There is one exception to MJE’s ‘hate the holidays’ rule and that is Mardi Gras, well not the actual day but its spirit of irreverence and disdain for the mind numbing conventions of everyday life
As in the past, our three ring Mardi Gras circus, Apricot, Seymour and of course Decibelle, arrived on Thursday night before MG and we rocked the parade routes nonstop until Sunday dinner time. Their parents, our son (SOB) and his long suffering wife (LSW) were both sick, SOB with a ticklish cough (“persistent and extremely debilitating, possibly life-threatening”) and LSW down for the count with a full blown cold. (“Thanks for coming!” bring the measles next time) Of course she got barely a mention as the drama of the ticklish cough was duking it out with Decibelle’s fortissimo for everyone’s attention.
The OB&C and I had already assembled the parade essentials: boatloads of iced beer, wine, bloody marys and margaritas, go cups, and unhealthy snacks and sweets. Prioritizing whose needs are foremost is key to success at Mardi Gras (and life) and obviously MJE’s are #1. But being mindful of the under-aged amongst us who require non-ethyl alcohol-related hydration I did squeeze in one bottle of water for the young folk to share. And of course we had Big Bertha, our rickety relic of a wooden parade ladder with child seat atop. If we showed up in California with that death trap we’d have child protective services on us faster than you can click a pic with your cell phone and tweet #childendangerment.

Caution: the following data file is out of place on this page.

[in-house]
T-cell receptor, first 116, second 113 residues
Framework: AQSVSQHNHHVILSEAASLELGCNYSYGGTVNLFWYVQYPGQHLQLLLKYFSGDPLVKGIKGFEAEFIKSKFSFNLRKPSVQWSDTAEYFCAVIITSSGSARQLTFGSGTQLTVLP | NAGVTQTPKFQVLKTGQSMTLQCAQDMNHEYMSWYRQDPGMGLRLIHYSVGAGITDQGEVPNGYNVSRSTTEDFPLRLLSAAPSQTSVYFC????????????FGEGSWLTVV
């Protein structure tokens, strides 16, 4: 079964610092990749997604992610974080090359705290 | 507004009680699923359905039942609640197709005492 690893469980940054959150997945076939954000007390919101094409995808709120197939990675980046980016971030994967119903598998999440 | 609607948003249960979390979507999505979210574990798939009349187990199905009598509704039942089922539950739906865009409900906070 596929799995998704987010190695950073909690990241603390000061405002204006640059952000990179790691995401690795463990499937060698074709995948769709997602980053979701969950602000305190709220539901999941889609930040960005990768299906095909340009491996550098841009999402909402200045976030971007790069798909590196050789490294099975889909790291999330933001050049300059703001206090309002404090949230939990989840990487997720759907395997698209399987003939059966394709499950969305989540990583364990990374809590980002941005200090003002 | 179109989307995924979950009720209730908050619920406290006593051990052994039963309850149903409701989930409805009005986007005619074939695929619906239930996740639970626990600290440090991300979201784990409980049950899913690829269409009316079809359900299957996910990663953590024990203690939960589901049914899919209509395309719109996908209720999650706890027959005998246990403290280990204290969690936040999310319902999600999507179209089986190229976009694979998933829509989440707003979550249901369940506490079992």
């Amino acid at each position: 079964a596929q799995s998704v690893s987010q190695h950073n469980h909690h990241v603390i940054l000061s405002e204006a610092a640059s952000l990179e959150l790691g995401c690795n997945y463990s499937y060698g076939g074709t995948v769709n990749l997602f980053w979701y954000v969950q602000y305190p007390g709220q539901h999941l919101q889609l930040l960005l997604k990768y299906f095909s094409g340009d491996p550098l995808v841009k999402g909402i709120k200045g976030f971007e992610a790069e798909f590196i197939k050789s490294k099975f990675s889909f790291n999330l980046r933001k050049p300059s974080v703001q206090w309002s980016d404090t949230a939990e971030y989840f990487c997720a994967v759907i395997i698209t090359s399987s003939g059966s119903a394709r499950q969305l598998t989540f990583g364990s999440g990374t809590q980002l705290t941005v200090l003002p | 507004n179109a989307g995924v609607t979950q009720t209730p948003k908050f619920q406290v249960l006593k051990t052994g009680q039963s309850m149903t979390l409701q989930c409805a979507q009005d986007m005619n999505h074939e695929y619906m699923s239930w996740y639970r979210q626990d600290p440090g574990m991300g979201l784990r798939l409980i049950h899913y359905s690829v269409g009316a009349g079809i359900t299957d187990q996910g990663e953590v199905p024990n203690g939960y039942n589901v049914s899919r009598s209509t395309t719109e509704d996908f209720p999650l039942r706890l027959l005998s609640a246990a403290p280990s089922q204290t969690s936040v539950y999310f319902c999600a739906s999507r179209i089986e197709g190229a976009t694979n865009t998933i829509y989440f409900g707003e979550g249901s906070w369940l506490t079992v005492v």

Transporting all of this stuff involves black op worthy maneuvers: pre-dawn reconnoitering of the the parade route, locating and commandeering a suitable site, unloading gear, securing it with yards of heavy chain and returning to base camp hoping that any of it will still be there when you return. Generally Mardi Gras manners prevail, at least in the 1 percenter viewing venues we favor. Ladders and assorted paraphernalia are left unattended for hours and remain largely unmolested (although one year the OB&C had his crappy little conference freebie cooler lifted from in front of the port-o-let while he was briefly indisposed, and he has never forgotten it). People give beads and other junk they’ve caught to little kids nearby (gee thanks, our bead midden at home is only eight feet high and we’re hoping it gets huge enough to land a spot on the mardi gras episode of “Hoarders”). Locals know it is bad form to show up when the parade starts and stand in front of people who have been wasting hours waiting there and that if two people catch the same pair of beads you call on your better angel and let go first. However, politely maneuvering through the impenetrable maze of plus sized people, chairs, ladders, ice chests, bead bags, wagons etc. that line the parade route makes patrolling the back alleys of Falluja look like a cake walk.
Best of all, Mardi Gras gives everyone full license to pretend for a time to be who they are not. The OB&C and I believe in taking full advantage of that opportunity and consider masking to be a sacred part of Mardi Gras tradition. The SOB et al (Apricot was the exception, keep an eye on that dark horse) on the other hand, apparently have no desire to be anything but what they are and dressed up like a yuppie family from Atlanta.